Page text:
Apple supplier Foxconn is offering $141 dollars for successful staff referrals, Reuters reported.
Foxconn is attempting to lure new staff to the so-called "iPhone City" after protests saw large numbers of workers leave.
Apple is facing a shortfall of nearly 6 million iPhones this year because of protests.
Apple supplier Foxconn is offering 1,000 Yuan ($141) to staff who successfully refer people to work at its Zhengzhou plant after protests gutted its staff, Reuters reported.
Foxconn, which operates Apple's biggest iPhone-making factory in China, is encouraging staff to make referrals. Foxconn's recruitment team posted the proposal on WeChat offering 500 Yuan ($70.70) if a person stayed for 15 days and another 500 Yuan if they stay at the company for a month.
Foxconn workers typically make 3,000 to 4,000 Yuan ($424.20 to $565.60) a month.
The plant, known as 'iPhone city', had around 200,000 workers at the beginning of October, but is now suffering from a depleted headcount. Many workers escaped at the end of October, leaving the complex amid severe COVID-19 restrictions that worsened living conditions.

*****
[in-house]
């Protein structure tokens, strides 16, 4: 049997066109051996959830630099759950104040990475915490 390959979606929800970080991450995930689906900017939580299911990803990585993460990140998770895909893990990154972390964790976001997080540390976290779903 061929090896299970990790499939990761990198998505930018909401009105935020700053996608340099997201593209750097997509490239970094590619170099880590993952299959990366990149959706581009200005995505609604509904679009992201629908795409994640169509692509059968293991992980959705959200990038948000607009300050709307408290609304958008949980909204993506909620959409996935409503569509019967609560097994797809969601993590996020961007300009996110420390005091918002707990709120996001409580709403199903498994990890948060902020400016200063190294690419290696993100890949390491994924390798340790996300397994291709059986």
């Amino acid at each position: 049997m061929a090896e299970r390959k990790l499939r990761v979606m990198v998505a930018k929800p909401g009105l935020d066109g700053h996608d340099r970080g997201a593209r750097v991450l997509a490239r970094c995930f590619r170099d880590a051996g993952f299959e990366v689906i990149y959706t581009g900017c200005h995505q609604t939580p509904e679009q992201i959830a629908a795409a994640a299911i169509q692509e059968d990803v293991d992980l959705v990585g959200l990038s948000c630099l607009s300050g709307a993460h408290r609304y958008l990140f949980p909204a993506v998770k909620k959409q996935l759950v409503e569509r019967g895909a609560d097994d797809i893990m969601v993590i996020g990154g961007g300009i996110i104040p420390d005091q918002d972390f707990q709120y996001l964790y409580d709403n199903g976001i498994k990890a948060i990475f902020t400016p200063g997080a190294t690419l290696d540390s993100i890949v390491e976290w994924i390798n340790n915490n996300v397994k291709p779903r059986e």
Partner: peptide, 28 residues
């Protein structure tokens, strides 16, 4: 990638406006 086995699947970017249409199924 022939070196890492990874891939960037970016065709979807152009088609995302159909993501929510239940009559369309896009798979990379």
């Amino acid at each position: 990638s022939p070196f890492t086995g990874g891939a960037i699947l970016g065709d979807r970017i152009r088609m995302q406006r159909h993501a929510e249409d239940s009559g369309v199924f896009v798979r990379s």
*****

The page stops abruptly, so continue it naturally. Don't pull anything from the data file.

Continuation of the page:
The plant had enforced a "closed loop system," which saw workers being transported directly from their dormitories to the factory and back.
Food shortages were also a source of unrest as many infected workers - and those who feared leaving their dormitories - were only provided with basic supplies such as bread and instant noodles.
The situation escalated further when mass protests and riots broke out earlier this month over unpaid wages and draconian lockdown measures.
Apple is facing a shortfall of nearly six million iPhone Pros this year due to the protests against China's zero-COVID policy. Production at the factory in November has been cut by at least 30%, sources told Reuters.
To lure workers back, the firm is now offering $1,800 bonuses to some workers to continue working at the factory.
China is also lifting its lockdown restrictions from November 30 after no new infections were found for five days in a row, declaring it a low-risk zone.